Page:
The Ethics of Providing Hope in Psychotherapy

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Abstract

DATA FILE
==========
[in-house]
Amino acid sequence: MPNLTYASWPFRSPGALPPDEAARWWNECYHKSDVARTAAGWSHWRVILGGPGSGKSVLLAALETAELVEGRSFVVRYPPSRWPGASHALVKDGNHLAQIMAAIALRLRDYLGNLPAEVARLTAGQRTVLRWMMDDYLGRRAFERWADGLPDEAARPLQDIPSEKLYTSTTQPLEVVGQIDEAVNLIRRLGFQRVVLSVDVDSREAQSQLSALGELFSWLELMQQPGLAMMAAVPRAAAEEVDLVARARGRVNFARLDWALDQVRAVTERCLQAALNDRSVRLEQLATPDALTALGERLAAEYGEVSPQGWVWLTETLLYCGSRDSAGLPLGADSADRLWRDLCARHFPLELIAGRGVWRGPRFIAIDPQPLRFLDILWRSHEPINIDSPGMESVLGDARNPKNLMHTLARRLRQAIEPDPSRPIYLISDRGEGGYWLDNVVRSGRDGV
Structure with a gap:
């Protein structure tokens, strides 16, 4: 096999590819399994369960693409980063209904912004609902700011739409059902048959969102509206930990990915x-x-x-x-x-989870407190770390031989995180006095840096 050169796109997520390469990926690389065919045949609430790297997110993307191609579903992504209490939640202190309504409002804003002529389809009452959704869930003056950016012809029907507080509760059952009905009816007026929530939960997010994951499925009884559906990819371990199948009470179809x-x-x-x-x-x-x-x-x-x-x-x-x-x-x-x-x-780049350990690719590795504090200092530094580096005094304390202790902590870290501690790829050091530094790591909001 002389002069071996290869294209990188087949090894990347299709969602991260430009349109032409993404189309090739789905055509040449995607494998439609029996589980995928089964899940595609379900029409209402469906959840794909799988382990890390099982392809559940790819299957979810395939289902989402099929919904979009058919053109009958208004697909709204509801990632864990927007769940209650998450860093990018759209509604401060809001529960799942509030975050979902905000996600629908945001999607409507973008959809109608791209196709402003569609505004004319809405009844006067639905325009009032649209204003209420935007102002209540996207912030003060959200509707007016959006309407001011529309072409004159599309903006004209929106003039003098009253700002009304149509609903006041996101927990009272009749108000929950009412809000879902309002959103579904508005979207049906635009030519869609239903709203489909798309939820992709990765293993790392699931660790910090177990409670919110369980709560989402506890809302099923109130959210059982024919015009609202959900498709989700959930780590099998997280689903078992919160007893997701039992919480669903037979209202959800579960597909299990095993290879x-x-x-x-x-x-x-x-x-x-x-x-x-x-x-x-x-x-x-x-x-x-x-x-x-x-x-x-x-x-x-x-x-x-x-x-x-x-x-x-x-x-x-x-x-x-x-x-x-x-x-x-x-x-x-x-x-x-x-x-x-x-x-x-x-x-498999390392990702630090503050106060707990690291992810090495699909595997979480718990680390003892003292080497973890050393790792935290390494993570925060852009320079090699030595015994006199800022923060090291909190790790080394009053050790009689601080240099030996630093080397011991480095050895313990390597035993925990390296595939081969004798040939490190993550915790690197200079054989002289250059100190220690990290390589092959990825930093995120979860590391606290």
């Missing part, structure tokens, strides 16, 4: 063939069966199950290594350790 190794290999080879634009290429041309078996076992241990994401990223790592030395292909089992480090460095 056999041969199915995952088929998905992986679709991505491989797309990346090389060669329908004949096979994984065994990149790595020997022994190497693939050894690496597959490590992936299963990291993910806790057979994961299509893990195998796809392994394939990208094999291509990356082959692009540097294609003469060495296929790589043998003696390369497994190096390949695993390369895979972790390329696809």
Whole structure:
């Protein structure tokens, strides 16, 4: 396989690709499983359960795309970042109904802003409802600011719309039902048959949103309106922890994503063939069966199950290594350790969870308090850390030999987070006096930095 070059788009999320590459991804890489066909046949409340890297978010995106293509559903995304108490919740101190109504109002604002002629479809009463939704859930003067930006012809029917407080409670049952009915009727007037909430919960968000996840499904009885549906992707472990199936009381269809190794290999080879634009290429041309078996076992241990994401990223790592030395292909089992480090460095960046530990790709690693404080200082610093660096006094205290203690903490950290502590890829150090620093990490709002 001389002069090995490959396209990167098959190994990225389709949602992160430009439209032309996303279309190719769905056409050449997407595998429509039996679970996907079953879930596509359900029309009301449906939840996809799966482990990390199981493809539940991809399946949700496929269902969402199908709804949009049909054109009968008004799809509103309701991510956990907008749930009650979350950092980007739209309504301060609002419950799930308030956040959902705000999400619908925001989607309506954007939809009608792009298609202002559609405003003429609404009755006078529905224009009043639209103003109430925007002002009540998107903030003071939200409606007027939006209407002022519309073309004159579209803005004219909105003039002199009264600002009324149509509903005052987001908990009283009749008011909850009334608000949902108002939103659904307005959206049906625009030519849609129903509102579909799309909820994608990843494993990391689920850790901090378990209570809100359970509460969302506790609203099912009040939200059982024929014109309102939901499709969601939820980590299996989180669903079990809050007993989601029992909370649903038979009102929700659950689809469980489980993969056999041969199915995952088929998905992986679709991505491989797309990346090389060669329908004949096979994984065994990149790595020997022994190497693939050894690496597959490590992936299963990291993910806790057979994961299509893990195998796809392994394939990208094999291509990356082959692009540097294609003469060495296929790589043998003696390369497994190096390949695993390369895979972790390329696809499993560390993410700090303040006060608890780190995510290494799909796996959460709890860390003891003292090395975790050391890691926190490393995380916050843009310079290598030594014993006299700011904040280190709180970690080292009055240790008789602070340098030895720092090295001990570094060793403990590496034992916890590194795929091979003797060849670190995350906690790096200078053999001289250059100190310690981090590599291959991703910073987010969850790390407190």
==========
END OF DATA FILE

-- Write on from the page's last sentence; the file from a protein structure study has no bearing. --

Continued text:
The instillation of hope is a common factor in most psychotherapies. A considerable literature exists on the ethics of providing false or positively biased hope in non-psychiatric medical settings, and ethicists have generally concluded that this practice is unethical. However, the literature on the ethics of encouraging hope in psychotherapy, especially in the case of treatment-resistant mental illness, is sparse. The author explores two clinical cases with the intention of examining the nature of hope, false hope, positive illusions, and denial, as they relate to our definitions of mental health and psychotherapy. The cases highlight the ethics of balancing an acknowledgment of likely treatment futility with a desire to hope. Clinical psychological studies on depressive realism and optimistic bias indicate that some degree of positive bias, referred to by some authors as “the optimal margin of illusion,” is in fact necessary to promote what we define as “good mental health;” conversely, stark realism is correlated with mild to moderate depression. An examination of the existential literature, including Ernest Becker’s work, The Denial of Death, indicates that without the defense mechanism of denial, human beings tend to experience paralytic despair as a result of being fallible, mortal creatures in a frightening world. The combination of these diverse bodies of literature, along with the surprising outcomes of our case examples, leads to an unexpected conclusion: it may occasionally be ethical to encourage some degree of optimistic bias, and perhaps even positive illusion, when treating patients in psychotherapy. (Journal of Psychiatric Practice 2013;19:316–322)

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